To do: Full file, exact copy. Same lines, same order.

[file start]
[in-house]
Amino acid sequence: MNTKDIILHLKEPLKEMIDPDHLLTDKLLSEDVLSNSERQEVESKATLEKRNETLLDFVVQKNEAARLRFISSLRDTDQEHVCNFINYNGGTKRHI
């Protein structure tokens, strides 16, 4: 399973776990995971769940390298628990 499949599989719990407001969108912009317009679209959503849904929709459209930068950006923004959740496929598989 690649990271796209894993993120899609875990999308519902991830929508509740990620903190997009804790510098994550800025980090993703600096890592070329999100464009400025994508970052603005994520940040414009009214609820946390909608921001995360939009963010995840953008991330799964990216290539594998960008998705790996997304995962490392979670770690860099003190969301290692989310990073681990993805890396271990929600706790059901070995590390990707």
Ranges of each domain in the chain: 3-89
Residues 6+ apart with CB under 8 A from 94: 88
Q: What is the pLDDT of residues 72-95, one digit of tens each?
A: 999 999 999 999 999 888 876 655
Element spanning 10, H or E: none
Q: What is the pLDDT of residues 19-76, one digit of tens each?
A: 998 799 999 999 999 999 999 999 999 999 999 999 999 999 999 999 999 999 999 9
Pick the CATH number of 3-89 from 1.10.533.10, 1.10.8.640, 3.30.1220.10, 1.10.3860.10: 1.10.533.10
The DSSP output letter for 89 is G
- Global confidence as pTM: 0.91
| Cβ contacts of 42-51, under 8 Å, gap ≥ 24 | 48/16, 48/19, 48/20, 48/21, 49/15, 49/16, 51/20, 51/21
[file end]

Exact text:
[in-house]
Amino acid sequence: MNTKDIILHLKEPLKEMIDPDHLLTDKLLSEDVLSNSERQEVESKATLEKRNETLLDFVVQKNEAARLRFISSLRDTDQEHVCNFINYNGGTKRHI
């Protein structure tokens, strides 16, 4: 399973776990995971769940390298628990 499949599989719990407001969108912009317009679209959503849904929709459209930068950006923004959740496929598989 690649990271796209894993993120899609875990999308519902991830929508509740990620903190997009804790510098994550800025980090993703600096890592070329999100464009400025994508970052603005994520940040414009009214609820946390909608921001995360939009963010995840953008991330799964990216290539594998960008998705790996997304995962490392979670770690860099003190969301290692989310990073681990993805890396271990929600706790059901070995590390990707």
Ranges of each domain in the chain: 3-89
Residues 6+ apart with CB under 8 A from 94: 88
Q: What is the pLDDT of residues 72-95, one digit of tens each?
A: 999 999 999 999 999 888 876 655
Element spanning 10, H or E: none
Q: What is the pLDDT of residues 19-76, one digit of tens each?
A: 998 799 999 999 999 999 999 999 999 999 999 999 999 999 999 999 999 999 999 9
Pick the CATH number of 3-89 from 1.10.533.10, 1.10.8.640, 3.30.1220.10, 1.10.3860.10: 1.10.533.10
The DSSP output letter for 89 is G
- Global confidence as pTM: 0.91
| Cβ contacts of 42-51, under 8 Å, gap ≥ 24 | 48/16, 48/19, 48/20, 48/21, 49/15, 49/16, 51/20, 51/21